Never do they bother to define information. There's a good reason
for that: because every scientific definition of information absolutely
defeats their argument. Copy something? You've got more information because
you copied it. Change something? The changed version is different information
than the original. So if you've got a population, and you measure the amount of
information in its genome; and then a new individual is born with a change
in one gene - there's now more information in that population's
genome.

They rely on a simple confusion: information versus meaning. As human
beings, we're naturally quite obsessed with meaning. And there's nothing wrong
with that. But we tend to attribute our intuitive notion of meaning
to things. Our intuitive idea of meaning doesn't have any necessary relationship
to information - or even to an actual definition of meaning! Our intuitive notion of meaning is based on language and writing - on the way that we communicate with one another, and the properties of what we're trying to express using that
information.

One good way of thinking about meaning is Shannon information. Shannon's
definition of information is based on the idea of reduction in uncertainty. That is, you pass a message to someone over some medium: the
quantity of information is the amount of uncertainty that you've eliminated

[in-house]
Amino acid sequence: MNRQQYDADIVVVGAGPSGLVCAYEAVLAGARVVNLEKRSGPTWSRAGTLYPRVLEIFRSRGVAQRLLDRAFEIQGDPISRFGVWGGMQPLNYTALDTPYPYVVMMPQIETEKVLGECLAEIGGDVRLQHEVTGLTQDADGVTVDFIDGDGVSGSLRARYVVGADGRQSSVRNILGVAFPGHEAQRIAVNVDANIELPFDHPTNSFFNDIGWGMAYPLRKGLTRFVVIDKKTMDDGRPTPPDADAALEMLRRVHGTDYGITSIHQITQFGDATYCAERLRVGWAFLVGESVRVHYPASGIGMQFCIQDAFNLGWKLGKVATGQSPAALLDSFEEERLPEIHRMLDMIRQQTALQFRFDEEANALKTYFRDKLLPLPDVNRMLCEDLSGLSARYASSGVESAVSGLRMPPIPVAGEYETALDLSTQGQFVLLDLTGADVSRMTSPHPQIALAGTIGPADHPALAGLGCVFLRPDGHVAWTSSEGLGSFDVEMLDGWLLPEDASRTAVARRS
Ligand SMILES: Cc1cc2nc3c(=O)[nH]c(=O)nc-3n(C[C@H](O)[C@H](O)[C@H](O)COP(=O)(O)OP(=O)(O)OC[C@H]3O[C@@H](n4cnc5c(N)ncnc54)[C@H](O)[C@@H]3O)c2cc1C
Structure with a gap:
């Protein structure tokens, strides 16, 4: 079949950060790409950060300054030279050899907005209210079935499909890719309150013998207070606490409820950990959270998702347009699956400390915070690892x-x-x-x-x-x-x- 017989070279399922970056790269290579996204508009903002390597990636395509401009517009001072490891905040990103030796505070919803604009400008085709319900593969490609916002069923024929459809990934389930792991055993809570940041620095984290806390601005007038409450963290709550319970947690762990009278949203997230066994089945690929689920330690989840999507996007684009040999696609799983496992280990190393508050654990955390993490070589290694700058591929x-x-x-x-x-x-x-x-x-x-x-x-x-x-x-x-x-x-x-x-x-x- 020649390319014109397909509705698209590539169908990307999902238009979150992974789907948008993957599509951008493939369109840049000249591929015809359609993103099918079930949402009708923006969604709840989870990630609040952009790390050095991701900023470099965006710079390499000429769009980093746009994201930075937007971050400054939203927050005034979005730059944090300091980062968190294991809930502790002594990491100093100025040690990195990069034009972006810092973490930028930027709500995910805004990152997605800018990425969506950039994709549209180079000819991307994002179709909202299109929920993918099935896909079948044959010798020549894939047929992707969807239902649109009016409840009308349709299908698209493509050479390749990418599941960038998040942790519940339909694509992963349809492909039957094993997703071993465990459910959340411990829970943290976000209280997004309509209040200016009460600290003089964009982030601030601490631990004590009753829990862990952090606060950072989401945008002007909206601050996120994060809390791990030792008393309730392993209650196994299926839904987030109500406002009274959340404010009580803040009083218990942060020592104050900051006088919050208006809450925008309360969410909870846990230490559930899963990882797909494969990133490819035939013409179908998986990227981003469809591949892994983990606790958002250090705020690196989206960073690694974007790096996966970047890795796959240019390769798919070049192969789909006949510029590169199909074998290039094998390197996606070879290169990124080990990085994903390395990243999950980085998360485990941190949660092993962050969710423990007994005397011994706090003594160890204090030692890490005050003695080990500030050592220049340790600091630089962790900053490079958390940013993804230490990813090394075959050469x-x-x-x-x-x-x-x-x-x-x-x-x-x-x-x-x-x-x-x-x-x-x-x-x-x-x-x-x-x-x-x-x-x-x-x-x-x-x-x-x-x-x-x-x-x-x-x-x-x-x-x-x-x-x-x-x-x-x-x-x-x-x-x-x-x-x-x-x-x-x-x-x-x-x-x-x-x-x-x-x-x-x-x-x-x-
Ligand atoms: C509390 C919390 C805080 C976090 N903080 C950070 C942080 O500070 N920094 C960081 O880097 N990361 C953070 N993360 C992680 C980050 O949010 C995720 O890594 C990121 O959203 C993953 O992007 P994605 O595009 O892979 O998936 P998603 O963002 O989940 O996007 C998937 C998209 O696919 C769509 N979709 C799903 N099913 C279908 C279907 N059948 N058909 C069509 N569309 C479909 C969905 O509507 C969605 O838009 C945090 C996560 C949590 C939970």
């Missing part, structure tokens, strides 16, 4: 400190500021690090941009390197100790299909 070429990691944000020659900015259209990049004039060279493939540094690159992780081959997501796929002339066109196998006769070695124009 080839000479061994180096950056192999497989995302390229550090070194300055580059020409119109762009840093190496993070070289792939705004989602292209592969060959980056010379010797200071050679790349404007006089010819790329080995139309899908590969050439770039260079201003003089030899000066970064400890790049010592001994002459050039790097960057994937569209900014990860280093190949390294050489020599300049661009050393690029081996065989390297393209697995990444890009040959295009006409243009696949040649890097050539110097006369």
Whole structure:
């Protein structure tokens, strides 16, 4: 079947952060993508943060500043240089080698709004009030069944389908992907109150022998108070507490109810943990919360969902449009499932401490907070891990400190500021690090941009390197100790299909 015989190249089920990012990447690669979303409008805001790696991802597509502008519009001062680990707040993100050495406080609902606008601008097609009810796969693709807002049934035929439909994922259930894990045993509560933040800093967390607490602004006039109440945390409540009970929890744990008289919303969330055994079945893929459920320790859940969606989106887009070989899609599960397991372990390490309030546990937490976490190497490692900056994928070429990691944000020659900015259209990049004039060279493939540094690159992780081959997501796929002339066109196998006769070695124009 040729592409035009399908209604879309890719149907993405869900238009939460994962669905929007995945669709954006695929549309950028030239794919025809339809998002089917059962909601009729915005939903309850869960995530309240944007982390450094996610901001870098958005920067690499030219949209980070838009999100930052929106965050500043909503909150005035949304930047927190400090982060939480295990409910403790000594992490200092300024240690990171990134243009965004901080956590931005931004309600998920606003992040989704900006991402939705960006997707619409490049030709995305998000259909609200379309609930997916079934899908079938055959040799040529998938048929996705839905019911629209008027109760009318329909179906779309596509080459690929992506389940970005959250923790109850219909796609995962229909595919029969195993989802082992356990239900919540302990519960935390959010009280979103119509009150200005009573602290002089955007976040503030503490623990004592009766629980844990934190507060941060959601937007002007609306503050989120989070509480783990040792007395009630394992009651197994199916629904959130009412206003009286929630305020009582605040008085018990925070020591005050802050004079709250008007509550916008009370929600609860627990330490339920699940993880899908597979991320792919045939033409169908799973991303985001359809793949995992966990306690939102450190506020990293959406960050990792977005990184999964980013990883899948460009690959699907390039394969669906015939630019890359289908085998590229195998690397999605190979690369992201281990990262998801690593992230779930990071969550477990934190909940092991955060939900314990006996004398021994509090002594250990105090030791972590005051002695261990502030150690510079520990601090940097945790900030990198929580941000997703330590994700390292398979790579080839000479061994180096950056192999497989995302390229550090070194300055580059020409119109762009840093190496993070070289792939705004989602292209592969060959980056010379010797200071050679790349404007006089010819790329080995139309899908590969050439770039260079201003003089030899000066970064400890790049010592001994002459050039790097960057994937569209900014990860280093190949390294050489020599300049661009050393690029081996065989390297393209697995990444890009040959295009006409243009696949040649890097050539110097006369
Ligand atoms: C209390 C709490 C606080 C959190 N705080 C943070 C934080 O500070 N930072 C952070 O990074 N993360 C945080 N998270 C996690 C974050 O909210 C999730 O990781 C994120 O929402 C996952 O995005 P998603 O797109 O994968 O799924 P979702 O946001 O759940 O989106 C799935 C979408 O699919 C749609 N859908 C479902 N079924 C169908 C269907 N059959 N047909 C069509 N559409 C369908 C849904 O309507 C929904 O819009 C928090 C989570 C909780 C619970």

by sending the message. The meaning is the set of possibilities
that have been eliminated.

Anything can have information. Anything can ultimately have meaning. But recognizing whether something has meaning can be extremely difficult. For
example... Look at the two strings below.

M'XL("!0@]4<``V9O;RYT>'0`=53+;MLP$+SK*[8G7Q+GGAHIVMZ;0W+IS,\,]34_T0]XE4.LIG66AVN,K4/)TDO&I
QTOX;*H/J(.2[/2[Q'?80DaQ+A4/"*1HPC#%2AR/JC_3=3P#SHZ2SNOX+_?3Y
M\*N@XQRT06[@-@;5XaC4U?E)I2WBS*Z7/0A:H::LM@2VT8HU4JM=AQY=VJ-6

One of those two strings is an except from the the result of
compressing this post up to the word "below". The other is random. Which
one has meaning? How can you tell?

I can tell you that by one very naive view of information, they've
got exactly the same amount of information. (That's using compressibility
via the LZW-2 encoding as the measure of information.) But one of them
has meaning as english text, and the other is random noise.

What people like Ben Stein want you to do is assume that
your intuition about information and meaning is correct. And then